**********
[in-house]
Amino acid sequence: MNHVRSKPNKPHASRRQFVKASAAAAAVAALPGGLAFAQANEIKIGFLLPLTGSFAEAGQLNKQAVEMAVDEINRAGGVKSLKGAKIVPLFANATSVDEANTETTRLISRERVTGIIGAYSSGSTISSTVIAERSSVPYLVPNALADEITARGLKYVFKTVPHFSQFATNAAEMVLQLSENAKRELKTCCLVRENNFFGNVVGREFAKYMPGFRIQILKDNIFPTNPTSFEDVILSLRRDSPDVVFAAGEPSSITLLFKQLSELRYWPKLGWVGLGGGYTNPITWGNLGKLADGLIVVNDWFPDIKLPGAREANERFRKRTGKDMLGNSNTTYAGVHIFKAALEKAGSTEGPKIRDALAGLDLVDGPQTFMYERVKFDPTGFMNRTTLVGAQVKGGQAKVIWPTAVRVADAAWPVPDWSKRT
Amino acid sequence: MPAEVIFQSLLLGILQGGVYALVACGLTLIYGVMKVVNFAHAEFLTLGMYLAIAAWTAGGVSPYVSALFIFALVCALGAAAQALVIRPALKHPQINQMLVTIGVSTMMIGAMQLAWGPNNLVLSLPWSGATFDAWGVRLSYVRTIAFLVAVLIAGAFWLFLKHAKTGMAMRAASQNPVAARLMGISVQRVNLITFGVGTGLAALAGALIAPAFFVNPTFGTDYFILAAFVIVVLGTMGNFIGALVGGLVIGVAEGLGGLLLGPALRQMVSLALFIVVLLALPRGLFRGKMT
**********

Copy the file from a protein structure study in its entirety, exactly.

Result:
[in-house]
Amino acid sequence: MNHVRSKPNKPHASRRQFVKASAAAAAVAALPGGLAFAQANEIKIGFLLPLTGSFAEAGQLNKQAVEMAVDEINRAGGVKSLKGAKIVPLFANATSVDEANTETTRLISRERVTGIIGAYSSGSTISSTVIAERSSVPYLVPNALADEITARGLKYVFKTVPHFSQFATNAAEMVLQLSENAKRELKTCCLVRENNFFGNVVGREFAKYMPGFRIQILKDNIFPTNPTSFEDVILSLRRDSPDVVFAAGEPSSITLLFKQLSELRYWPKLGWVGLGGGYTNPITWGNLGKLADGLIVVNDWFPDIKLPGAREANERFRKRTGKDMLGNSNTTYAGVHIFKAALEKAGSTEGPKIRDALAGLDLVDGPQTFMYERVKFDPTGFMNRTTLVGAQVKGGQAKVIWPTAVRVADAAWPVPDWSKRT
Amino acid sequence: MPAEVIFQSLLLGILQGGVYALVACGLTLIYGVMKVVNFAHAEFLTLGMYLAIAAWTAGGVSPYVSALFIFALVCALGAAAQALVIRPALKHPQINQMLVTIGVSTMMIGAMQLAWGPNNLVLSLPWSGATFDAWGVRLSYVRTIAFLVAVLIAGAFWLFLKHAKTGMAMRAASQNPVAARLMGISVQRVNLITFGVGTGLAALAGALIAPAFFVNPTFGTDYFILAAFVIVVLGTMGNFIGALVGGLVIGVAEGLGGLLLGPALRQMVSLALFIVVLLALPRGLFRGKMT